Pastors killed 160 yrs ago may become first Catholic saints from Northeast | india-news | Hindustan Times
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Pastors killed 160 yrs ago may become first Catholic saints from Northeast

Two French missionaries, who were murdered in Arunachal Pradesh over 160 years ago, while on their way to Tibet, could become the first Catholic saints from northeast India.

india Updated: Jul 01, 2017 10:08 IST
Utpal Parashar
Sketches of Nicholas-Michel Krick (left) and Augustin-Etienne Bourry (right) who were murdered in Arunachal Pradesh in 1854
Sketches of Nicholas-Michel Krick (left) and Augustin-Etienne Bourry (right) who were murdered in Arunachal Pradesh in 1854(HT Photo)

Two French missionaries, who were murdered in Arunachal Pradesh over 160 years ago, while on their way to Tibet, could become the first Catholic saints from northeast India.

Their cause is being actively promoted by Bishop George Pallipparambil of the diocese at Miao in Changlang district of Arunachal Pradesh.

Nicholas-Michel Krick and Augustin-Etienne Bourry have already been conferred the title of ‘Servant of God’ by the Vatican and long rigorous process of their beatification and canonization is underway.

“After the beatification process is complete, they would be called ‘Blessed’ and once canonization is done Krick and Bourry would become saints,” informed Father Felix Anthony, parish priest at the Sacred Heart Catholic Church at Miao, nearly 360 km east from Itanagar.

The French missionaries were members of the Societe des Missions Etrangeres de Paris, or the Society of the Paris Foreign Missions, an institute of diocesan priests who spread out across the globe to promote Christianity.

Krick and Bourry wanted to reach Tibet, but in the 1800s the only way there was through northeast India—present Arunachal Pradesh. Both travelled from Chennai to Kolkata and to Arunachal Pradesh becoming the first Christian missionaries to reach the region.

But while they were on the final leg of their journey, they were killed by a village chief of the Mishmi tribe on August 2, 1854 at Somme village in Lohit district, barely an hour away from the Tibetan border.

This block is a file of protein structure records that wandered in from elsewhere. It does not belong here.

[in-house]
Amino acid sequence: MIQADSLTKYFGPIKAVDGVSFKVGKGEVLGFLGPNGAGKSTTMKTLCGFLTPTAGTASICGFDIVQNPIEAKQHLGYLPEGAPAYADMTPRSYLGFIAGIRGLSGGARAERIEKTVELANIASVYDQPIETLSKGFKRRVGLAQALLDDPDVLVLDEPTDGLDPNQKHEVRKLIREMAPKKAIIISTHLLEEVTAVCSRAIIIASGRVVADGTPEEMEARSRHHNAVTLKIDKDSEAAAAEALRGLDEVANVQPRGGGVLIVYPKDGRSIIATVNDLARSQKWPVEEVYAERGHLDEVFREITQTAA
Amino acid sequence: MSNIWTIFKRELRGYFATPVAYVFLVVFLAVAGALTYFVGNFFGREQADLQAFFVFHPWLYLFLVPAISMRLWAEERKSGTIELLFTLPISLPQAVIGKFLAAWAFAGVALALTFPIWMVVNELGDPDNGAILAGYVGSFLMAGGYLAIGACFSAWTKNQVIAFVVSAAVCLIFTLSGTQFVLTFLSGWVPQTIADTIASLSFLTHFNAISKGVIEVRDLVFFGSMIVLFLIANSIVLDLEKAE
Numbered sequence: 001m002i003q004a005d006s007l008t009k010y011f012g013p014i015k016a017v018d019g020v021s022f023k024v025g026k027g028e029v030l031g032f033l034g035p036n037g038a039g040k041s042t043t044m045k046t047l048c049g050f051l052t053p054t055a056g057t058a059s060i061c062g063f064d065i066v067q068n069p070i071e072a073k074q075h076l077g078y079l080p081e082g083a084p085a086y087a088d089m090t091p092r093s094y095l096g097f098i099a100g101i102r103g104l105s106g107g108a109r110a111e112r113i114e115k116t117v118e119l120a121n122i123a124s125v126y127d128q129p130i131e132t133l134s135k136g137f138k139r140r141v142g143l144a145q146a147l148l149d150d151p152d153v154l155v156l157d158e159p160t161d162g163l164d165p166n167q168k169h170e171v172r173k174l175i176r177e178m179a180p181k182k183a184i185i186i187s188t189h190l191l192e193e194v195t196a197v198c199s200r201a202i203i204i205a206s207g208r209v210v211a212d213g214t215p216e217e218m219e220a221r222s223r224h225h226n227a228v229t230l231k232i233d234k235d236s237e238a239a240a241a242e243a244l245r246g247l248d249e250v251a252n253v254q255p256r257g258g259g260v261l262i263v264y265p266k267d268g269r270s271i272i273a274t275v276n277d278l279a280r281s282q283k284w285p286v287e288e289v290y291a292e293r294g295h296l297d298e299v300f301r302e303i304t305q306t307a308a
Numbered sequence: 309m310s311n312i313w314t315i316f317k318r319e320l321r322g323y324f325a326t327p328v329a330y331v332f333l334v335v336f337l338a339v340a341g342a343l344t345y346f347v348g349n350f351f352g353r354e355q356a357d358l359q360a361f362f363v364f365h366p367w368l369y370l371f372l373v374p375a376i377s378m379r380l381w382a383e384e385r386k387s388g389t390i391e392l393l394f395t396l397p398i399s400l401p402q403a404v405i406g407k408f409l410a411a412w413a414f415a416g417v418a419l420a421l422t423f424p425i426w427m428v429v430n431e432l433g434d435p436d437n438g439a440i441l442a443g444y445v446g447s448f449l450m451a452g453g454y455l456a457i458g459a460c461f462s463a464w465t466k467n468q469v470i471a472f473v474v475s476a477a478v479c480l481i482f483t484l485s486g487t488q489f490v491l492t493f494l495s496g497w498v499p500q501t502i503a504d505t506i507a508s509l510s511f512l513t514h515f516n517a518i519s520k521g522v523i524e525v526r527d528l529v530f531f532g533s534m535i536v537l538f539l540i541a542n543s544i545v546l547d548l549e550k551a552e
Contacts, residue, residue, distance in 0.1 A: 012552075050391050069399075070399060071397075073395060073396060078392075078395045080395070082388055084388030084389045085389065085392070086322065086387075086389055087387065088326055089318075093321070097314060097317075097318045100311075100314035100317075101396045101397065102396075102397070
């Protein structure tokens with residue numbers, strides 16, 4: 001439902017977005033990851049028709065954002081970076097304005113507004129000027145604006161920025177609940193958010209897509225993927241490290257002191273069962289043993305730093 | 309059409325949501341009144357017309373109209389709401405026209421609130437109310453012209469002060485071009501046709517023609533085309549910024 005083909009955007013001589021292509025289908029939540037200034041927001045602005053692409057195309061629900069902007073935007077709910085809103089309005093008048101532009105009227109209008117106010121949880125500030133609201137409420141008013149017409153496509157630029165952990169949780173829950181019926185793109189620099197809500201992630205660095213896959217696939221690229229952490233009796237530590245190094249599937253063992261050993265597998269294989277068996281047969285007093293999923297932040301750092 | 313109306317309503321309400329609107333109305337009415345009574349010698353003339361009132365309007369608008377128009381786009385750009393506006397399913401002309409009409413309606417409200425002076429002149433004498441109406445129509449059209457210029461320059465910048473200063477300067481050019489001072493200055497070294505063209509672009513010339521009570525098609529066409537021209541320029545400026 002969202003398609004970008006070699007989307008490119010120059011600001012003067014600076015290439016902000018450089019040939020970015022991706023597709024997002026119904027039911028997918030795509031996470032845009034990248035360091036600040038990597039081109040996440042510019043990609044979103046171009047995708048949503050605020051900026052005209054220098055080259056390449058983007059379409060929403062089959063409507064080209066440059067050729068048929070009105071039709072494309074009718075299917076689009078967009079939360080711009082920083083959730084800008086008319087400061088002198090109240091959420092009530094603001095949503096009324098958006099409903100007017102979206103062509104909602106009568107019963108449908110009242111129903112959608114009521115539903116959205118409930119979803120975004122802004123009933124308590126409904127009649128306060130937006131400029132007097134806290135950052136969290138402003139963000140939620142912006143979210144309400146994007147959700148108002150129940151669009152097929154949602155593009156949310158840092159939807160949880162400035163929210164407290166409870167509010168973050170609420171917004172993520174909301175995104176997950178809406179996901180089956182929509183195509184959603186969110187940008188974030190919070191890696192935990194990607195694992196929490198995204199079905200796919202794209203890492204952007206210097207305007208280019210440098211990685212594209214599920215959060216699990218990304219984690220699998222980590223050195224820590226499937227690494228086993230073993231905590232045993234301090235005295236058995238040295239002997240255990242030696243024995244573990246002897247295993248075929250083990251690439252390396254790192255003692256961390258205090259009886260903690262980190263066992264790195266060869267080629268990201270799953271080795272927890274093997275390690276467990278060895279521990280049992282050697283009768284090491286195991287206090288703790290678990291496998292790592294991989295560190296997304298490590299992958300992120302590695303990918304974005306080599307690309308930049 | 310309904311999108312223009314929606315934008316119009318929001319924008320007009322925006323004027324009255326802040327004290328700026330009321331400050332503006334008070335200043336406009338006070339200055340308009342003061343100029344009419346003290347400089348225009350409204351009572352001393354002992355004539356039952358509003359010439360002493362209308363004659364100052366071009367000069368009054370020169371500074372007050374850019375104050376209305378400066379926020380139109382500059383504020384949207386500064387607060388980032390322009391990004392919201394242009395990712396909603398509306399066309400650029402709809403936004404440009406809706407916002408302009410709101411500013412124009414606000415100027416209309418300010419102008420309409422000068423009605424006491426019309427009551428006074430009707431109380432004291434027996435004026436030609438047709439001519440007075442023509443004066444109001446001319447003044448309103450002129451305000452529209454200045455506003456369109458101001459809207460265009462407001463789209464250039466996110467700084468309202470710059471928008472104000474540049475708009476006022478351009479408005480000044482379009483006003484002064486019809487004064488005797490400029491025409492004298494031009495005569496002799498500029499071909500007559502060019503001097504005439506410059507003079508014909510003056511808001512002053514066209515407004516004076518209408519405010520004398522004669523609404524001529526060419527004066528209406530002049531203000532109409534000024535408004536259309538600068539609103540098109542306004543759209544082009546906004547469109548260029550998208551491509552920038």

“Their bodies were buried by local residents and it is believed a spring started flowing from near the site. Some say chief Kaisha killed them because the missionaries resembled the British rulers. But that account doesn’t appear to be true,” said Anthony.

It is said 35-year-old Krick was sick and 28-year-old Bourry was praying when Kaisha killed them using his machete. While they have maintained the burial site, villagers at Somme haven’t embraced Christianity yet.

“Interest about Krick and Bourry began nearly 20 years ago when the French mission started inquiries and Bishop George began gathering details about the duo’s death,” said Anthony who conducted research on the missionaries.

There is almost no documentary detail about the duo in Arunachal Pradesh. But lot about them is known from the letters they sent back to Paris. They mention of their arduous journey and how their guide robbed them.

“Two medical miracles are needed for canonization. But since Krick and Bourry were martyred they won’t be required. We expect the process to be over in the next 18 months” said Bishop George.

Graces like students passing their exams or children recovering from minor illnesses after praying to the two missionaries have been reported.

Last year, the Miao Diocese opened its first hospital in Arunachal Pradesh at Injan and named it Krick and Bourry Memorial (KBM) Hospital.

“Locals at Somme village are also eagerly hoping that the canonization process will get over soon. It could bring global recognition to the area,” Anthony said.

Besides Mother Teresa, who was declared a saint last year others Catholic saints from India are Father Kuriakose Elias Chavara, Sister Euphrasia and Sister Alphonsa.

Gonsalo Garcia, though of Portuguese parentage, was born in India and is considered an Indian saint. Joseph Vaz, Sri Lanka’s first saint, was born in Goa and was educated and ordained as a priest in India.